The dragons gathered around the Dovahjun recited his name: Do-vah-jun. Spike joined in, too, and was having fun, until the Dovahjun stomped, demanding silence. When something that big stomped, other things tended to listen. Silence reigned for a few tense seconds as the Dovahjun surveyed his audience, his one eye slowly drinking in the scenery. Eventually, he began speaking, addressing them entirely in the dragon language. He was speaking too quickly for Spike’s mind to pick out the individual words, but his mind was working fast enough to translate the general message.
“I have summoned you all here to address a matter of dire importance to the dragons,” he spoke, his voice washing over every dragon present and stifling them. “One of the little horses--”
“Ponies,” interjected the sea serpent, twirling his mustache.
“Whatever,” answered the Dovahjun, not even bothering to give the sea serpent a contemptuous glance. “One of the ponies encountered me patrolling my gorge. A yellow female with a pink mane. Normally I would have ignored her or sent her away, but her intrusion was not willing. She was fleeing, but more importantly, I recognized her as the aspect of Kindness. Some of you may know her. I personally suspect she may be blessed by Kyne, such is her talent with creatures and nature.” The Dovahjun paused, allowing for comments.
A red dragon with an elongated snout and a hunched form spoke up. “Yes, I have seen her, as has Nonvulnith.” The dragon motioned to the sea serpent, who waved back rather daintily, which elicited a groan from the dragon. “She spoke to me in such a way as to suggest she had a command of the Thu’um.”
Murmurs from the other dragons grew steadily louder at this. The Dovahjun stomped his rear leg again and once more had the silence he desired. “I had words with her. She was fleeing because she saw a seafaring vessel full of creatures...which stood on two legs.”
An uproar erupted, as every dragon but Spike tried to be heard over the other. Some puffed up their chests at the others, while some demonstrated their Thu’um, breathing fire into the air, sometimes frost. The Dovahjun stomped, but none would listen. He stomped again, but everydragon was absorbed in the chaos.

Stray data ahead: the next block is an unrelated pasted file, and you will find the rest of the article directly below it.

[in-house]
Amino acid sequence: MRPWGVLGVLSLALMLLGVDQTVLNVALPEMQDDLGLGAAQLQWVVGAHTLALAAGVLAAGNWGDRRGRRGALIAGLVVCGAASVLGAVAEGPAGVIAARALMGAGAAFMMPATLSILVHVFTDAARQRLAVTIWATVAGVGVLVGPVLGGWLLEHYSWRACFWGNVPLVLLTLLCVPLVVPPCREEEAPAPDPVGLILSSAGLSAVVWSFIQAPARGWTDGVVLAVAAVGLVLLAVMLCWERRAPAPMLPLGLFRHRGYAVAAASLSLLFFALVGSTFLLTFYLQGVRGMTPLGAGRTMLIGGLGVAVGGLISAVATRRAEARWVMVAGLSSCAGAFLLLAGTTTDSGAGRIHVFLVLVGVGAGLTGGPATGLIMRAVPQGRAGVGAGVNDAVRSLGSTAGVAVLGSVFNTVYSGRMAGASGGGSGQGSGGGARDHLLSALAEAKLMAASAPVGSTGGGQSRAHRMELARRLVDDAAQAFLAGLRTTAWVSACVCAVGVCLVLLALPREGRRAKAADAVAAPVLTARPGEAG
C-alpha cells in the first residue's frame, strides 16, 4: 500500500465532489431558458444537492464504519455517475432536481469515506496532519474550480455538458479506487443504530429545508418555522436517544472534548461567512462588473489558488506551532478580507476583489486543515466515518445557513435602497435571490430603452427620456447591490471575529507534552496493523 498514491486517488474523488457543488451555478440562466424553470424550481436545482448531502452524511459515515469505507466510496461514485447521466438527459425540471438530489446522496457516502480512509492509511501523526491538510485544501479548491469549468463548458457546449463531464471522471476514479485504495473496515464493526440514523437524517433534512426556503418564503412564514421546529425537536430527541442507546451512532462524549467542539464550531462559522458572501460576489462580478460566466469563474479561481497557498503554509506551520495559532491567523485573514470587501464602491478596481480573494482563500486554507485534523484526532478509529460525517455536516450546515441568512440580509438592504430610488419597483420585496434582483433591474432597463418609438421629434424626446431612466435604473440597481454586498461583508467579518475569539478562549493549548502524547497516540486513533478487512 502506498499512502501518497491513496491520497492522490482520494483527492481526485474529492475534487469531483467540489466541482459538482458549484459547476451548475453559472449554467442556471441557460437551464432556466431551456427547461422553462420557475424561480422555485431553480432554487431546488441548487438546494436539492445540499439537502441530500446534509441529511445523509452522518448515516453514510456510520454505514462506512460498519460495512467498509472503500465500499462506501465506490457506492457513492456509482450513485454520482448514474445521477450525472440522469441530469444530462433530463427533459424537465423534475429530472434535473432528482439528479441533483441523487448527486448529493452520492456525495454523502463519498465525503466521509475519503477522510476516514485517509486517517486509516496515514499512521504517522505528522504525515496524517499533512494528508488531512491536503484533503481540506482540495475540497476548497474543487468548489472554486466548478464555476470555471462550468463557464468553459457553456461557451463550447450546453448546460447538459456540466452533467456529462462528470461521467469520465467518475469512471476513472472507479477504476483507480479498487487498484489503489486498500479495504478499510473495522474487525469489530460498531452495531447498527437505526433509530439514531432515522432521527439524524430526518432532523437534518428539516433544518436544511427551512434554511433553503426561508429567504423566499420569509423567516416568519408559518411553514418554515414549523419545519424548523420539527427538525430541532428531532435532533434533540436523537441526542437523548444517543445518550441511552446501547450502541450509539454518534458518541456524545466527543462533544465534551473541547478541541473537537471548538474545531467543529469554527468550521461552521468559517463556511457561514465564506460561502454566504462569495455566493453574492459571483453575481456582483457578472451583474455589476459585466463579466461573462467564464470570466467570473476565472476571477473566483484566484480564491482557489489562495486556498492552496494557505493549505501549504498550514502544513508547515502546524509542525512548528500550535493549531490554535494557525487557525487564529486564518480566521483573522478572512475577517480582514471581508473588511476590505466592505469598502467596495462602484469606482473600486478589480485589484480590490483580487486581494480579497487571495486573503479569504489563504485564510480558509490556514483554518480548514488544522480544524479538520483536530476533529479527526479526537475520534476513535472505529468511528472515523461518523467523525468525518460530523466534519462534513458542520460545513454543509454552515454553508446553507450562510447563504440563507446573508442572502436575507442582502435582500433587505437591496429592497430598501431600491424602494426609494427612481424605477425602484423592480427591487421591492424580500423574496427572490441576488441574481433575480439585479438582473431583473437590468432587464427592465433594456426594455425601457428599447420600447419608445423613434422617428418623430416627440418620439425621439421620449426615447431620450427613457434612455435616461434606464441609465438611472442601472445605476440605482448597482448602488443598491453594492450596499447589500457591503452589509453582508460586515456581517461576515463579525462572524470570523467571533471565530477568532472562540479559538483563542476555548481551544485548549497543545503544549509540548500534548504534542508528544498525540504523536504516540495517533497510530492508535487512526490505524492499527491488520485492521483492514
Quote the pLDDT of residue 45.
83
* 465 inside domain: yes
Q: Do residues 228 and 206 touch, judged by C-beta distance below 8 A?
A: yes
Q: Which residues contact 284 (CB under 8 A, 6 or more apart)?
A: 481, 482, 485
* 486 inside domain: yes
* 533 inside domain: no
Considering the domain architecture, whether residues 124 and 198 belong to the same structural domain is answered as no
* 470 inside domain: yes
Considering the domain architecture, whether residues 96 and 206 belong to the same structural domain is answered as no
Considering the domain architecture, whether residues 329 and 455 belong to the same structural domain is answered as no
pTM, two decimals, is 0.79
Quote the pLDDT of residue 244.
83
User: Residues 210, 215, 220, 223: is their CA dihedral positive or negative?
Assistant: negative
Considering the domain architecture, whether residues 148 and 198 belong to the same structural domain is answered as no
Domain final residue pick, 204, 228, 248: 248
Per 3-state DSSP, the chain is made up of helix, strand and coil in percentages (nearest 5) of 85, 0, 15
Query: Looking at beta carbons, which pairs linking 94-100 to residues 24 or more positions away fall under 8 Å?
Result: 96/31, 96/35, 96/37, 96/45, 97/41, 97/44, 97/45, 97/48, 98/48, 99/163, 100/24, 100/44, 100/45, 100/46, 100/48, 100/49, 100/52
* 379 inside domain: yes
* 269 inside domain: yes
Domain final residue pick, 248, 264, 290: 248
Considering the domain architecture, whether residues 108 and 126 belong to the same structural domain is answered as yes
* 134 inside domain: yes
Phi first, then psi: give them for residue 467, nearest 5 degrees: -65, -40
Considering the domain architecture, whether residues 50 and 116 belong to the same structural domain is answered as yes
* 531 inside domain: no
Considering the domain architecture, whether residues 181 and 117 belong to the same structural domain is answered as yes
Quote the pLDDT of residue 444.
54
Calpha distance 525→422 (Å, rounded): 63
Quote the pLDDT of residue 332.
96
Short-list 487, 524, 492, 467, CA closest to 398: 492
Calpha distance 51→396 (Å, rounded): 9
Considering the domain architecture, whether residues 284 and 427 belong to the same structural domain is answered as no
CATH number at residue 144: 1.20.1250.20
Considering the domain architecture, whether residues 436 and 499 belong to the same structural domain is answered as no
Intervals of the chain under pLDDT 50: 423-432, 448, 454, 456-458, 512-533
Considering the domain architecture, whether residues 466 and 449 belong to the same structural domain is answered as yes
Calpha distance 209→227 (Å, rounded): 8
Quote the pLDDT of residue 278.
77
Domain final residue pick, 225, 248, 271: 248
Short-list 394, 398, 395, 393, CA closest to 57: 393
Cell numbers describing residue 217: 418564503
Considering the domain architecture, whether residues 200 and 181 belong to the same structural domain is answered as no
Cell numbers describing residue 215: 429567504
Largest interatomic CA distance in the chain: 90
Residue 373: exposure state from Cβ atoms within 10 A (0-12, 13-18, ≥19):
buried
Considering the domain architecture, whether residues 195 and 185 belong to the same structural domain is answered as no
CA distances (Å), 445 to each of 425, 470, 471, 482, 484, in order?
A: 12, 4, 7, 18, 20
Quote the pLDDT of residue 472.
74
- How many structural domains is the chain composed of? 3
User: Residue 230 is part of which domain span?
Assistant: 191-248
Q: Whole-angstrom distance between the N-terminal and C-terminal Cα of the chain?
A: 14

“FUS RO DAH!”
The earth itself quaked after the Dovahjun shouted into the ground. Everydragon but the king was startled into silence, stumbling about. Some even fell over, including Spike.
“I trust I have your attention? Good. Do not test the strength of my voice again. Any of you. Now. We are dragons, children of Akatosh, and we shall behave as such. We will NOT attack the joor vessel, nor shall we jump to the conclusion that they are here to hunt us. We did not renounce the tyrant Alduin so long ago just to succumb to ignorance and arrogance a mere few thousand years later.”
Spike felt the bottom go out of his stomach. The Dovahjun mentioned thousands of years as if they were inconsequential. He felt dread wash over him as he imagined outliving all of the ponies in Ponyville, or even Ponyville itself. The Dovahjun’s speech snapped him out of it, if only briefly.
“Some of you have children. Verily, a child who has just come of age is here with us now, so new to our culture as to not have his True Name. We shall set a good example, and handle this matter even-handedly and fairly.”
The emerald green dragon raised his hand.
“What would you have us do, Dragon King?”
“We shall send an ambassador. One who can make peace with the men if they come seeking war, and who can extol our virtues if they come for some other reason and end up discovering us.”
“Hmmm.” His noise of concentration seemed like the rumblings of a dormant volcano. “Who indeed?” None of the dragons seemed enthused about the idea. Except for a young purple dragon, much smaller than the others. He waved his hand frantically. “Yes, child. We will hear you.”